Healthcare reform could reduce the traditional revenue of academic medical centers (AMCs) by up to 10 percent, according to a recently published PwC report. But there are several ways in which health IT could counter that trend, the report says, many of which also are outlined in a Health Data Management slide deck.
The first thing that AMCs must recognize, according to the report, is that "the new payment models will be based on meeting quality metrics and controlling costs across the continuum of care." What that means is that academic institutions must leverage their technology to reduce costs.
Some AMCs, for example, are providing tele-ICU services to community hospitals, using their specialists to monitor the other facilities' ICUs remotely. In Worcester, Mass., the authors note, ICU monitoring at University of Massachusetts Memorial Healthcare allowed neighboring hospitals to care for 50 percent more patients in the ICU. It also reduced UMass' cost of caring for its own ICU patients by $2,600 per case because the telemonitoring was spread across additional patients. At the same time, ICU mortality dropped by 20 percent.
"Virtual home visits" via telemonitoring offer another way to control costs by helping patients manage their conditions at home. For instance, PwC says, "Wyandotte County, Kans., home to the University of Kansas Medical Center (KU), is working with Google to expand fiber optical cable network capabilities to the entire community. This new partnership will enable KU to expand the services it already provides through its Center for Telemedicine and Telehealth."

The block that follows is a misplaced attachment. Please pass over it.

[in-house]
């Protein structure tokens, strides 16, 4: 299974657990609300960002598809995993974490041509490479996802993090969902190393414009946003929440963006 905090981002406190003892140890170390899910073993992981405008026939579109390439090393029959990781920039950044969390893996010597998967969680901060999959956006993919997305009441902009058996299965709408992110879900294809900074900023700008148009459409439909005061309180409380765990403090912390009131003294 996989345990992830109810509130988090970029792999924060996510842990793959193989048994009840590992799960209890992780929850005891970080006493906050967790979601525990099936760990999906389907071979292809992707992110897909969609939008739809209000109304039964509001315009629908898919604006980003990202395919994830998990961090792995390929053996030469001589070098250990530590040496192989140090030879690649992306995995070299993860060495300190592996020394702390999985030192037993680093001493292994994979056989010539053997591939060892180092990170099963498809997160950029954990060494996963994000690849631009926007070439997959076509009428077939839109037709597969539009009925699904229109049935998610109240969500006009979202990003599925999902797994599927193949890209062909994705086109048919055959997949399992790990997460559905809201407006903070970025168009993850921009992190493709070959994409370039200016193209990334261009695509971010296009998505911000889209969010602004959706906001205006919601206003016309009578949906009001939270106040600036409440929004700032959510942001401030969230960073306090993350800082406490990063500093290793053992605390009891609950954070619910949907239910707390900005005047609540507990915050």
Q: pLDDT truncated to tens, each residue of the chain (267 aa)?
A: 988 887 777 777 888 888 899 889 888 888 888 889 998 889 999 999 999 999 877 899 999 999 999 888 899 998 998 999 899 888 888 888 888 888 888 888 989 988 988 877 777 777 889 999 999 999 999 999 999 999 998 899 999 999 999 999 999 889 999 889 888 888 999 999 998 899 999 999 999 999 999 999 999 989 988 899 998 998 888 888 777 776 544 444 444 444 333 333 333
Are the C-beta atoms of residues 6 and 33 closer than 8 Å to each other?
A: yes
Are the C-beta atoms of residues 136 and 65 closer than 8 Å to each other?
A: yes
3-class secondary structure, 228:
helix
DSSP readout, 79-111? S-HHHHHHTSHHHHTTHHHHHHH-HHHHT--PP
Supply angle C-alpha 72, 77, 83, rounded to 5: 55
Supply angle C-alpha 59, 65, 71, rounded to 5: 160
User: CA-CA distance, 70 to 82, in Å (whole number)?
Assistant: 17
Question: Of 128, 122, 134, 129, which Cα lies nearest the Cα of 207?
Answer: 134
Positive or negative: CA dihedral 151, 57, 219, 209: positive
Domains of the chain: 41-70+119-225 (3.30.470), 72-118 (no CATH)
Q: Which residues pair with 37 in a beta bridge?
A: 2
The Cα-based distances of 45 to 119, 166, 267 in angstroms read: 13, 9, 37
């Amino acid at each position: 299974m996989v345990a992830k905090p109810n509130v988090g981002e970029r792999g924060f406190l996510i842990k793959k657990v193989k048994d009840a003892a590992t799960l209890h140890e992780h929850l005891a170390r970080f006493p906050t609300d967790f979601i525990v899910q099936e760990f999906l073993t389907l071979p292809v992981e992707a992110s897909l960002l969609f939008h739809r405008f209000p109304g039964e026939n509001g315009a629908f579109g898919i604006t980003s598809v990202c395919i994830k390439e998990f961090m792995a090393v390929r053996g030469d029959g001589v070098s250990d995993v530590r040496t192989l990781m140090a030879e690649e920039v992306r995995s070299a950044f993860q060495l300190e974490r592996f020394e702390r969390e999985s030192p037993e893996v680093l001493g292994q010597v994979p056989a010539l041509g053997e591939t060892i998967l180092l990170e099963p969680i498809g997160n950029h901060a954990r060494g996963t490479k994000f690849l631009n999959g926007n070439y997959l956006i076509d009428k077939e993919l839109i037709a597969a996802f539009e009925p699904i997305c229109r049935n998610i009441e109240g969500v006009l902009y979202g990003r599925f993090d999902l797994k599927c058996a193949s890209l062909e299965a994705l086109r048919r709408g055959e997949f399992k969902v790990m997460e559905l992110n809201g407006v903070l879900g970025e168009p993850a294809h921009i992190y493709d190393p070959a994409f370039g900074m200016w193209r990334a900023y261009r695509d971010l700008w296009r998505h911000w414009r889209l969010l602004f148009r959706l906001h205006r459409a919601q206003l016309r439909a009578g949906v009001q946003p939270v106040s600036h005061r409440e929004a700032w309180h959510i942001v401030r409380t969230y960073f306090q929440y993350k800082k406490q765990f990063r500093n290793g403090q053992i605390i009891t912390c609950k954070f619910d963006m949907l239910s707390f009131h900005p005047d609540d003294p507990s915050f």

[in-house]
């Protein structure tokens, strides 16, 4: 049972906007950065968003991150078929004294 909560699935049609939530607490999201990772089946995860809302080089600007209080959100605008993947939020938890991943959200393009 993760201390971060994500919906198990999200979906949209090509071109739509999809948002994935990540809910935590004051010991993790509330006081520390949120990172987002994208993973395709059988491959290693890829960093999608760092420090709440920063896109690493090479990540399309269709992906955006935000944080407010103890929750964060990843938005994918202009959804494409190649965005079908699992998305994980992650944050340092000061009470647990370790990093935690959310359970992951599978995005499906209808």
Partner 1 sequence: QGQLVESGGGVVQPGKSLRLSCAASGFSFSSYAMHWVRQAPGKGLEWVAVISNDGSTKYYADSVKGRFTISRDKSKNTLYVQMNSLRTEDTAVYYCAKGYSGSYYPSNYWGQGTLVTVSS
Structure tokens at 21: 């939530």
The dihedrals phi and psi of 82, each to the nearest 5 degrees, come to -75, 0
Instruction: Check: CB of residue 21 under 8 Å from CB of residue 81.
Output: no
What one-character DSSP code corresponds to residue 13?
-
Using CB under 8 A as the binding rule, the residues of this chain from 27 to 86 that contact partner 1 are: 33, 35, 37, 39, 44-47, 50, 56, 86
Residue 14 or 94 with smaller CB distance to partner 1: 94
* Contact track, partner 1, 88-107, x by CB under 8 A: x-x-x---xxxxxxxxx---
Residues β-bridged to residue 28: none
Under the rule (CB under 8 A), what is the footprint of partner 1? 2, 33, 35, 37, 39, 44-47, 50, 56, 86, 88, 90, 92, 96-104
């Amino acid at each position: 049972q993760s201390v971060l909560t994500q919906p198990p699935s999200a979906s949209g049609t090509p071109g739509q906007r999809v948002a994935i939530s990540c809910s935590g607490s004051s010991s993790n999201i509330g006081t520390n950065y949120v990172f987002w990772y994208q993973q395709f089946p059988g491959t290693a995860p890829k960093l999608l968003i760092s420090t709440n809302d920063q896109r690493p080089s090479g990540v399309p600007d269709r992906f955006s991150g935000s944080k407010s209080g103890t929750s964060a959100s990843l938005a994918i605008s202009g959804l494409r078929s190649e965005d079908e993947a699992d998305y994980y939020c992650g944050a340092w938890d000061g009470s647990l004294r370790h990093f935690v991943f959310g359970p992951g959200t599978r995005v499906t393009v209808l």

Through AMC's "touch points" with many parts of the healthcare industry, the report says, academic facilities can bring unique insights to bear on electronic health record data "to develop evidence-based practices and provide predictive analytics that bring lower costs and improved care. EHRs are just the starting point to this process--how AMCs link them and what they link them to is critical."
The report also argues that while most AMCs are investing in EHRs, many are focusing too much on using them for automation of care processes, rather than for decision support and analytics. AMCs that focus on the latter aspects of health IT will achieve superior returns in the long run, the authors maintain.
AMCs also can profit by commercializing the new technologies they develop, the report says. PwC cites Vanderbilt University Medical Center, which has made more than $20 million from an order entry system that is sold through McKesson.